The glaziers of Yugoslavia are everywhere, replacing windows broken in last week's "revolution" that brought President Vojislav Kostunica to power.
But as trucks laden with plate glass offload at the steps of the burned-out parliament building, and store owners fit new panes, tensions are building over the renewed influence of ousted strongman Slobodan Milosevic and his allies, which could lead to violence - and more broken glass.
The pro-democracy movement has given Milosevic cronies until today to agree to new elections in the Serbian parliament - a preliminary agreement earlier this week was abruptly rescinded - or face renewed street protests. There were signs yesterday that a deal might be struck, but many Serbs were anxious about the next steps. Milosevic allies still controlled the police force.
"No doubt Milosevic is pulling the strings. They want to slow down people's anger and momentum," says Bratislav Grubacic, editor of the VIP newsletter in Belgrade. "The sense of revenge is great, and if people go back on the street again, there could be a slaughter."
From his well-protected home in a Belgrade suburb, Mr. Milosevic reportedly is meeting with a stream of backers, energizing supporters in a way that appeared impossible just days ago, when hundreds of thousands of protesters took to the streets to force Milosevic to accept defeat in Sept. 24 elections.
The result is a power struggle that on Wednesday saw the powerful parliament of Serbia, Yugoslavia's dominant republic, declare it would halt cooperation with Mr. Kostunica's transition team. Both the Yugoslav and Serbian parliaments are controlled by Milosevic's party and its allies. Senior generals also warned against the "negative consequences" of top-rank purges planned by the new leadership.
Also a problem for Kostunica are emerging differences in his 18-member coalition, and policy freelancing by some members. Pro-Milosevic managers are being pushed out of factories, mines, and hotels by angry staff in dramatic confrontations across the country. Milosevic's Socialist Party accuses the new leaders of bringing "lawlessness and violence" to Serbia.
"I cannot justify all that's going on," Kostunica said in an interview with The New York Times. "On the surface there is a peaceful, democratic transition, but below the surface is a kind of volcano, not so controlled."
"I am having almost as much trouble from my friends as from my enemies," he added, in executing the transfer of power.
One senior pro-democracy leader, Zoran Djindjic, warned on Wednesday that if the Serbian parliament didn't agree to new elections by today, then "we will call the people to the streets to demand new elections." He said the Serbian parliament - which was not up for election in the federal vote that brought Kostunica to power - was overplaying its hand: "It's a fact of life they have no control over 80 percent of the processes in the country."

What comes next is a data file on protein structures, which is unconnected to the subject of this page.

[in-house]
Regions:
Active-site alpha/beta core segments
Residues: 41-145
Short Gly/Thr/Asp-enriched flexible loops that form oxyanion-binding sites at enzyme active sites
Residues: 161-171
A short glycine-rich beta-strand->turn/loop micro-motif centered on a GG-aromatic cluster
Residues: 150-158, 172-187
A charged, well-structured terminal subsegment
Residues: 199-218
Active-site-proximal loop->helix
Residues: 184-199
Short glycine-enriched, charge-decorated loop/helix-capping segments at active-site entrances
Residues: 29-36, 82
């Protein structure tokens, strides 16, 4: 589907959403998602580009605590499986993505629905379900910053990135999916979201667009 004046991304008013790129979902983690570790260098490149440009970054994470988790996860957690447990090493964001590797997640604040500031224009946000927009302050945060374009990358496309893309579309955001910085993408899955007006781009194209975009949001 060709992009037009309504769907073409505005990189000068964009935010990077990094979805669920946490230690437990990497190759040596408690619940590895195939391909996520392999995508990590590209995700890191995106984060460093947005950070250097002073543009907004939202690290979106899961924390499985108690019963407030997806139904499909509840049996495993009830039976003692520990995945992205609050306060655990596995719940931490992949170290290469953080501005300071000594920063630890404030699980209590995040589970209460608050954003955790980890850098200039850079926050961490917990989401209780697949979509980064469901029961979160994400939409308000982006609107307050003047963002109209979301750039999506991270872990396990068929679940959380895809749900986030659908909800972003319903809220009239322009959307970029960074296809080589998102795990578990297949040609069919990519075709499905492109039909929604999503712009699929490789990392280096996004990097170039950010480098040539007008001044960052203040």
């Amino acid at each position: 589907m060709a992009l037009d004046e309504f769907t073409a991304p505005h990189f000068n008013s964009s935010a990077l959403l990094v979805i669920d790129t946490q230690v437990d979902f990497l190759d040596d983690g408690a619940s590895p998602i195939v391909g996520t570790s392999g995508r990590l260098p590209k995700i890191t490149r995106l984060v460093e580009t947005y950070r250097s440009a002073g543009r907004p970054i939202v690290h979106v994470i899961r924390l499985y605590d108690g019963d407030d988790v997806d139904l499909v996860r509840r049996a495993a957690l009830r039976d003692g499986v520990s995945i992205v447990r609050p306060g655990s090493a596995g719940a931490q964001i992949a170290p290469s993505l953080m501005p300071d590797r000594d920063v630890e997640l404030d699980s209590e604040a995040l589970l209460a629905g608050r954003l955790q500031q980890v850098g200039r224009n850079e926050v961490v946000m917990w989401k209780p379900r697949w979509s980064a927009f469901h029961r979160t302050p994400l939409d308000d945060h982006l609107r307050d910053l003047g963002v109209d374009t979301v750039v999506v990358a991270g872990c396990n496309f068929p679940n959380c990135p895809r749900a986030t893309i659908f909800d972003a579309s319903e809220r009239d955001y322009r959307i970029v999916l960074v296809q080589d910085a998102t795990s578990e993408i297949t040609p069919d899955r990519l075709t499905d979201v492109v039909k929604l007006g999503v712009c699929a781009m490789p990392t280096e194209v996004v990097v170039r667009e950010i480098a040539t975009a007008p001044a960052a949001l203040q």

On Thursday, however, he reported that a crisis might be averted: "I think we have an agreement that it should be done in a political way, through elections and through some kind of cooperation to keep the country stable without economic or energy crisis."
Part of the problem, Serb analysts say, is that Kostunica's legal insistence on doing the transfer of power "right" is being taken advantage of by more ruthless adversaries.
"Kostunica is underestimating what could happen still. He is a very nice person, and very legally inclined, so maybe he can't understand what crooks they are," says Mr. Bratacic. "Milosevic can't reverse the process and retake power, but he can cause trouble. We are dealing with people [who] are not willing to give up power, and if a civil war results [in their view], so be it.
"With this behavior, [Milosevic] will really force people to kill him. People will say, 'We must hit the snake in the head,'" he adds. "Kostunica must now become a mature politician, or he will be lost."
Pro-Milosevic forces appeared to be consolidating what remained of their grip on power. The Socialist Party announced the replacement of its hard-line chief Gorica Gajevic with the more moderate Zoran Andjelkovic, who now heads a Serb-run Kosovo government.
On top of domestic problems, Kostunica has been swamped with European and American visitors, and shows of support from around the world. President Clinton yesterday lifted an oil embargo and flight ban against Serbia, echoing moves earlier this week by the European Union. In a written statement, Mr. Clinton said the US has "a strong interest in supporting Yugoslavia's newly elected leaders as they work to build a truly democratic society." US diplomat William Dale Montgomery arrived in Belgrade Wednesday, and more senior officials are expected soon.
But the burden of leadership seemed a heavy load for Kostunica, whose appeal to voters has been in part because he had no political background. "It is true he is inexperienced," says Aleksa Djilas, a historian and public-policy scholar currently at the Woodrow Wilson Center in Washington. "He is also a decent person who believes in the rule of law. His advantage is that a lot of people voted for him. And the fact that he has not behaved like a revolutionary could be helpful in the long run."
(c) Copyright 2000. The Christian Science Publishing Society